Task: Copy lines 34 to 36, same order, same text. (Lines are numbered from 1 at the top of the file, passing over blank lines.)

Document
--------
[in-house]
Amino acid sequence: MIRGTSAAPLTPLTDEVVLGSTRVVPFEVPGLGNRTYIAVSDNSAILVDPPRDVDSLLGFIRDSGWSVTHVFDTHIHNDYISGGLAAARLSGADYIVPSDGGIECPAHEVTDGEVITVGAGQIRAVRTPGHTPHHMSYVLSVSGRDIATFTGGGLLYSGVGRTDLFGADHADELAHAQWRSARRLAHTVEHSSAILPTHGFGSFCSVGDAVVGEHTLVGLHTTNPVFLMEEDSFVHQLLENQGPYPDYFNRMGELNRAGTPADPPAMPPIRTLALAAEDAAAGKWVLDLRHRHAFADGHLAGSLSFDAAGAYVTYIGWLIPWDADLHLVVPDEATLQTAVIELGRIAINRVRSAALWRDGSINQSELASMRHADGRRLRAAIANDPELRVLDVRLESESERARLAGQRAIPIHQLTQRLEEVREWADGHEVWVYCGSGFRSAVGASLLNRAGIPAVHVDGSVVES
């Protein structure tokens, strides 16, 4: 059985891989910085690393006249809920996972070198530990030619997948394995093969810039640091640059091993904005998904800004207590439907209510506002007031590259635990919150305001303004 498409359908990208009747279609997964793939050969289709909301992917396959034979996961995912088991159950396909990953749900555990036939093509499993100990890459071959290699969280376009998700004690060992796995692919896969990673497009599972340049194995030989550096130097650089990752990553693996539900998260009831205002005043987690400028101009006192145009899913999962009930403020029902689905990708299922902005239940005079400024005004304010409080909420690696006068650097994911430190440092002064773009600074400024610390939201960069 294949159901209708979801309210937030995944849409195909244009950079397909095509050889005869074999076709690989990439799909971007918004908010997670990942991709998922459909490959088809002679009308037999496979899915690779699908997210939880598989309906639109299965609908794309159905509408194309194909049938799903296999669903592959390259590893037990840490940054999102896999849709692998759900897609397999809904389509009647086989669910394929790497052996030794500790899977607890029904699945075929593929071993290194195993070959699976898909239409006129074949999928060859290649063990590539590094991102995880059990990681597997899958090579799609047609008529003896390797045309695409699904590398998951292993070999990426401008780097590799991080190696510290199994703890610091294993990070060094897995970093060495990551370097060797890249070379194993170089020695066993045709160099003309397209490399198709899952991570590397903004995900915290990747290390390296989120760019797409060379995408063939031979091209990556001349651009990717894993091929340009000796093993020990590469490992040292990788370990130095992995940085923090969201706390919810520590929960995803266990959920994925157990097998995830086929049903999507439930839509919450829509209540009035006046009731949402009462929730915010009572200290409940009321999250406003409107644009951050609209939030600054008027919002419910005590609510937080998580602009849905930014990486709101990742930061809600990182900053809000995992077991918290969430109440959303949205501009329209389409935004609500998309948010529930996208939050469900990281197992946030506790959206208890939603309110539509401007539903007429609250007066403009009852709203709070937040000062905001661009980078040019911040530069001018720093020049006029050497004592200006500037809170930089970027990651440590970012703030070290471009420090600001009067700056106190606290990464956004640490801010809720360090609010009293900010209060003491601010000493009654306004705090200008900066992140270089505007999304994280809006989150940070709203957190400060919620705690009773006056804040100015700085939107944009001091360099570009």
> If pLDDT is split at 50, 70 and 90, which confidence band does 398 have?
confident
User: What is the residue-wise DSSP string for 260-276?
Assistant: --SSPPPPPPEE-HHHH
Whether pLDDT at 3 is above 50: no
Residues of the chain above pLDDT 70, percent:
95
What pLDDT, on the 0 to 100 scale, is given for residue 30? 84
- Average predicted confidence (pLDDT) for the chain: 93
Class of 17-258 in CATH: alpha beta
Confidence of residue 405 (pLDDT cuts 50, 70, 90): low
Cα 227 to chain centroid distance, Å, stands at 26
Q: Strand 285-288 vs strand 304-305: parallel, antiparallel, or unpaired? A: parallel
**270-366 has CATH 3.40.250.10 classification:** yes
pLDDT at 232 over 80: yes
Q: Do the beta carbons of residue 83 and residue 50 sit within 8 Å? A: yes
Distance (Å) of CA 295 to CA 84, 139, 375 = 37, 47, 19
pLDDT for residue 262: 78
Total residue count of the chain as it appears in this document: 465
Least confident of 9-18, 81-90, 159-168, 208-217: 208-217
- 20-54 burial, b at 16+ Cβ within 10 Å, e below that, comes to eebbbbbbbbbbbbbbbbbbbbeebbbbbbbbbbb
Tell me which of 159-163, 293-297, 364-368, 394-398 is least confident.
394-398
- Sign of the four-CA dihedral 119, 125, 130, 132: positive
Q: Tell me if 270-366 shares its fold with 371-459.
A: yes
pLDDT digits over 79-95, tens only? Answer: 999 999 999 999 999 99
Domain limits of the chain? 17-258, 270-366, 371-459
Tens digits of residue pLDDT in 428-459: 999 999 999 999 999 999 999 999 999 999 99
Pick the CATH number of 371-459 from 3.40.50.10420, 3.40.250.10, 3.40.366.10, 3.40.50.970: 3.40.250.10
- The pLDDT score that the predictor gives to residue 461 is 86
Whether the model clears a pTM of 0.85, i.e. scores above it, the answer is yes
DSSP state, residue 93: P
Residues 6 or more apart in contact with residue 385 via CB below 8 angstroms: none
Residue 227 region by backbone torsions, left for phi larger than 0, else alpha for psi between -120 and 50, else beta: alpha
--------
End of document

- The pLDDT score that the predictor gives to residue 461 is 86
Whether the model clears a pTM of 0.85, i.e. scores above it, the answer is yes
DSSP state, residue 93: P